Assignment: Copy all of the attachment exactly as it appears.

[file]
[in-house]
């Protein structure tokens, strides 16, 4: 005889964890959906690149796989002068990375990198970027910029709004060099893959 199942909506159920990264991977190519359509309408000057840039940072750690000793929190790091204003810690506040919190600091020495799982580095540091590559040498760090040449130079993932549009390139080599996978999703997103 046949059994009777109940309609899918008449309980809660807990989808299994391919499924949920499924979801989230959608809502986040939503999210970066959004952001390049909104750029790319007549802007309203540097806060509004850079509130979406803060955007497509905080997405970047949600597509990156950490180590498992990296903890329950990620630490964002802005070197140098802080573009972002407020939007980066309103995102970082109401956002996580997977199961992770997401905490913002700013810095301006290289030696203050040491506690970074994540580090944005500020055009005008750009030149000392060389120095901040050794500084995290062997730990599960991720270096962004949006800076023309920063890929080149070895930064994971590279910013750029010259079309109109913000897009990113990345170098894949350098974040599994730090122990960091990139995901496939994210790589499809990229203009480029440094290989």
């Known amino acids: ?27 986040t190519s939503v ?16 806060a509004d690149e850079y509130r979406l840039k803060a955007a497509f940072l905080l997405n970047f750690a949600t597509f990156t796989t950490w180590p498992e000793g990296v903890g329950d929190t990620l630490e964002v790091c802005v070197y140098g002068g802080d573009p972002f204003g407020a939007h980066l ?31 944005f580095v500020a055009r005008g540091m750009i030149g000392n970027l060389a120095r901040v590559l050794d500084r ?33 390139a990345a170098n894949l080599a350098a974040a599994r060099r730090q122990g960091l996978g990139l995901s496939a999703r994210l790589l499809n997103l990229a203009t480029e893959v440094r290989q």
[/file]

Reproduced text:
[in-house]
């Protein structure tokens, strides 16, 4: 005889964890959906690149796989002068990375990198970027910029709004060099893959 199942909506159920990264991977190519359509309408000057840039940072750690000793929190790091204003810690506040919190600091020495799982580095540091590559040498760090040449130079993932549009390139080599996978999703997103 046949059994009777109940309609899918008449309980809660807990989808299994391919499924949920499924979801989230959608809502986040939503999210970066959004952001390049909104750029790319007549802007309203540097806060509004850079509130979406803060955007497509905080997405970047949600597509990156950490180590498992990296903890329950990620630490964002802005070197140098802080573009972002407020939007980066309103995102970082109401956002996580997977199961992770997401905490913002700013810095301006290289030696203050040491506690970074994540580090944005500020055009005008750009030149000392060389120095901040050794500084995290062997730990599960991720270096962004949006800076023309920063890929080149070895930064994971590279910013750029010259079309109109913000897009990113990345170098894949350098974040599994730090122990960091990139995901496939994210790589499809990229203009480029440094290989």
């Known amino acids: ?27 986040t190519s939503v ?16 806060a509004d690149e850079y509130r979406l840039k803060a955007a497509f940072l905080l997405n970047f750690a949600t597509f990156t796989t950490w180590p498992e000793g990296v903890g329950d929190t990620l630490e964002v790091c802005v070197y140098g002068g802080d573009p972002f204003g407020a939007h980066l ?31 944005f580095v500020a055009r005008g540091m750009i030149g000392n970027l060389a120095r901040v590559l050794d500084r ?33 390139a990345a170098n894949l080599a350098a974040a599994r060099r730090q122990g960091l996978g990139l995901s496939a999703r994210l790589l499809n997103l990229a203009t480029e893959v440094r290989q």